Ed. note: I’m pleased to have the following guest post by Karen Pape, a highly respected Charlottesville appraiser. Going with my belief that knowing whom to ask is one of my core competencies, I asked Karen to write a post on current appraisal issues. She will be writing another post soon that specifically addresses Charlottesville area appraisals. Thanks so much Karen.
In the last year, appraisals have been a central focus of both Congress and the FBI, as tales of appraisal coercion or collusion have surfaced. “Lender pressure” includes blacklisting for low values, values being changed without the appraiser’s knowledge, and appraisers physically threatened in loan sweat shops. While not much of this happened in our community, new federal regulations will change the way business is conducted all over the country.
As most know, NY Attorney General Cuomo’s threatened suit against FNMA/FHLMC in January gave birth to the “Home Valuation Code of Conduct” . The HVCC is intended to prevent appraiser coercion. When implemented, mortgage brokers will not be able to order appraisals directly from appraisers. Loan officers won’t be able to recommend specific appraisers. An Independent Institute will investigate mortgage originators who pressure appraisers.
When the Federal Housing Finance Agency (FHFA) was appointed conservator of FNMA/Freddie, implementation of the HVCC was pushed back to next year, but you can expect that the appraisal portion of your closing process will be different when it is implemented next year.
First, you will no longer be able to recommend an appraiser, and your local mortgage officer will have no control over the appraiser selection. Ordering is likely to go through an appraisal management company as a blind assignment to appraisers on their “approved list.”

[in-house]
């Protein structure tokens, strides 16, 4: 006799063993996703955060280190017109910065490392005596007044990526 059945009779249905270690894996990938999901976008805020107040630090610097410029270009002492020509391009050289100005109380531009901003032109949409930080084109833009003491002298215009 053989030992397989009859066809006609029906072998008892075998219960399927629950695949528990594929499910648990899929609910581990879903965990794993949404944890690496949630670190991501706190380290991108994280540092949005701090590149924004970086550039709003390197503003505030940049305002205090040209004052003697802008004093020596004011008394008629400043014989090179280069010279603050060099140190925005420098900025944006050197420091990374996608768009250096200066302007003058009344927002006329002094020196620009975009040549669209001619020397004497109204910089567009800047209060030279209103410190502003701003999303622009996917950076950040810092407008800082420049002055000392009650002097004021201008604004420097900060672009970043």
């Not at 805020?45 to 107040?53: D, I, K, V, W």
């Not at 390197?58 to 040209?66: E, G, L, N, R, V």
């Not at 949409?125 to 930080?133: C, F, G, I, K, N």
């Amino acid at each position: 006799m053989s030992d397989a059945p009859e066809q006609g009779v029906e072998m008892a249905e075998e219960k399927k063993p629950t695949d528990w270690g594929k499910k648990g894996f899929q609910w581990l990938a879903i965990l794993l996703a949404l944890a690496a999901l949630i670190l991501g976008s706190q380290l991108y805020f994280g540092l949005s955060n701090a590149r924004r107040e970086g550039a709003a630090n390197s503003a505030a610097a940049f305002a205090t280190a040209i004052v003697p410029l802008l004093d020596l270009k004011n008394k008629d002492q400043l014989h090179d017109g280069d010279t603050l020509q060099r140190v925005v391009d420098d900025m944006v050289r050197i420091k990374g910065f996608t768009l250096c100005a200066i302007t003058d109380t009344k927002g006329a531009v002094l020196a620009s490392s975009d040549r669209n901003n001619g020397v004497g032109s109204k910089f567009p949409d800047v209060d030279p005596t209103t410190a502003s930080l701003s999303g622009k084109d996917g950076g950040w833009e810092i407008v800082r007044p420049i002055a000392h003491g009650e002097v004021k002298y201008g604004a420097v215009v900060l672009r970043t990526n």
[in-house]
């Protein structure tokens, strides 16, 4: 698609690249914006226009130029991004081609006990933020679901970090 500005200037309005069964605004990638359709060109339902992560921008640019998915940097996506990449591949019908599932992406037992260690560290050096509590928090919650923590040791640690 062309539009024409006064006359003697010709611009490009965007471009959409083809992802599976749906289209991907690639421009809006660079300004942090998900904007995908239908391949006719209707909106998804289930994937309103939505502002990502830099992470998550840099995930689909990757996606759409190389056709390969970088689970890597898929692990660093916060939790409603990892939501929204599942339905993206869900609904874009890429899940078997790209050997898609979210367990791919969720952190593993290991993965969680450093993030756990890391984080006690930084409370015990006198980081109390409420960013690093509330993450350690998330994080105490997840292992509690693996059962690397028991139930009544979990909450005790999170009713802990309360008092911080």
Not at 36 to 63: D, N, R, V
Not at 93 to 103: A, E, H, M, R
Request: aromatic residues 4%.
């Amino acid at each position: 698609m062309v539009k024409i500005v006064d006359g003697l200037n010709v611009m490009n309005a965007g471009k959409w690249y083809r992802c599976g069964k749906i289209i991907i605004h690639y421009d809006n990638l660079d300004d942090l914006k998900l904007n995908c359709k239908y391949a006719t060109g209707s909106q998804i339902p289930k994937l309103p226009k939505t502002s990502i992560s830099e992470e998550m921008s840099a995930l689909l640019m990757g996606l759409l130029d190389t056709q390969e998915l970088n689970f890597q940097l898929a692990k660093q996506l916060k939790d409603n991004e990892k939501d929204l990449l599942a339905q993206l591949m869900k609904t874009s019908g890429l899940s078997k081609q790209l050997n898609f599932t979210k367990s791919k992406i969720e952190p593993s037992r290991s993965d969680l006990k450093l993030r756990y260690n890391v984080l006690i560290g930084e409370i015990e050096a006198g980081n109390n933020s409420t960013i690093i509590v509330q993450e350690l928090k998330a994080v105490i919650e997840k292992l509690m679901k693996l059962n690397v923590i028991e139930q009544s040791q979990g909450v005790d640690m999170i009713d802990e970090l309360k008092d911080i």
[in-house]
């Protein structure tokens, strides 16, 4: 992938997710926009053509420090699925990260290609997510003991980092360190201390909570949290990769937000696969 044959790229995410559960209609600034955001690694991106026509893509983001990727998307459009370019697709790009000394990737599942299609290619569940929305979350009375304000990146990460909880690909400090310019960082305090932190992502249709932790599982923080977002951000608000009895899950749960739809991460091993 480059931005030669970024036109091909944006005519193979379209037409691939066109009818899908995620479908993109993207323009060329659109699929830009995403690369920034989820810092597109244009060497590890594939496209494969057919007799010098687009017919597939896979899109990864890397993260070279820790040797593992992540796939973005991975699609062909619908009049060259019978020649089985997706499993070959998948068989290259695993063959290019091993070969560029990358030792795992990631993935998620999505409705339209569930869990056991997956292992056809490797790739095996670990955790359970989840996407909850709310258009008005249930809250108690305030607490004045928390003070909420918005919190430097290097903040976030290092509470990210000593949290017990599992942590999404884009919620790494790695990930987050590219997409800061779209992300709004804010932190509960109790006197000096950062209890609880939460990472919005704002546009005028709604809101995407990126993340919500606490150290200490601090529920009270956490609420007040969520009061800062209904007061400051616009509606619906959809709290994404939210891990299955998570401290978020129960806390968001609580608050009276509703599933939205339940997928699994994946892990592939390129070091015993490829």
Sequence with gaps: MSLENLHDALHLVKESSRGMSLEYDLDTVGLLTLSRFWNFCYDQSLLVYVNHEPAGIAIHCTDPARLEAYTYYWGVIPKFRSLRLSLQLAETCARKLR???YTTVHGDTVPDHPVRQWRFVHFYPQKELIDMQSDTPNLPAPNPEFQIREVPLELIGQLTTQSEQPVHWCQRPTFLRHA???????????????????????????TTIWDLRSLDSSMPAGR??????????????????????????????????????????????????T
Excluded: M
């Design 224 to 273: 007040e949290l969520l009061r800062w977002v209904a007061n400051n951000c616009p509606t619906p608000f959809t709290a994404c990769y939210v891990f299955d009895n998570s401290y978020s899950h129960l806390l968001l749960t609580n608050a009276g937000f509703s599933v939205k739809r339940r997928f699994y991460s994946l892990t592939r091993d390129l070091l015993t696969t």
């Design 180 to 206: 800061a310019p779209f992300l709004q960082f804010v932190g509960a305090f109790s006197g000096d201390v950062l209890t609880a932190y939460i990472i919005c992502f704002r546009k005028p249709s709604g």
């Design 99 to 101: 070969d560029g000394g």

In theory, it sounds pretty reasonable, but here’s what is really happening. Appraisal Management Companies (AMC’s) are often negotiating appraiser fees to a level that I have not seen since the mid 1980’s. What the consumer doesn’t realize is that the AMC’s are actually pocketing a portion of the appraisal fee rather than passing the savings along to the consumer. I believe that this fee pressure may ultimately result in poor appraisals, because the appraiser will now have to do about 30% more appraisals to make the same income.
There are appraisers who are willing to travel long distances to our area. Many will not take the time to do a thorough job and will just rely on whatever data they have at hand. I recently reviewed an appraisal of a Charlottesville condo in a project with several recent sales, but all the appraiser’s sales were from Arlington, VA! No, I am not making this up. Needless to say, closing was delayed until a new appraisal could be done.
Appraisals are being heavily scrutinized by underwriters, and this level of incompetence is going to create some real glitches in your closings. Appraisers are being asked to do a lot more work to make the underwriter comfortable in a static or declining market. It is not unusual for our office to provide 5-6 sales and 2-3 listings on a single family appraisal. In the last week alone, we have been hired to reappraise two properties where the underwriter felt that the original appraisals, conducted at a lowball fee by someone else, simply did not provide enough detailed information to allow a decision. Closing was delayed until a new appraisal could be done.
I’m reminded of the old story. The client called the appraiser and said, “I want a really good appraisal, and I need it tomorrow. And can you do it for less than the other guy?” The old appraiser replied, “You want it cheap, fast and good. Pick any two you want!” AMC’s will be getting it fast and cheap. Remember, you get what you pay for!
Ok, you think, I’ll just give the “out of town” appraiser the sales. Sounds like a great idea. BeVERY careful, because Regulation Z, passed by Congress, will bring civil and/or criminal penalties to anyone attempting to “sway” the appraiser, and Realtors could be seen as attempting to do just that.
Our area is rich with unique rural properties that require an understanding of the local market. The consumer should demand that a competent appraiser provide valuation services, and that means an appraiser who understands our local market. Advise your borrower to demand that an appraiser who is geographically competent appraise their home.
(Karen Pape, MAI, SRA, is President of Pape and Company, Inc, and has been appraising property for over 20 years. She was President of the Virginia Commonwealth Chapter of the Appraisal Institute in 2006 and currently serves on the National Government Relations Committee.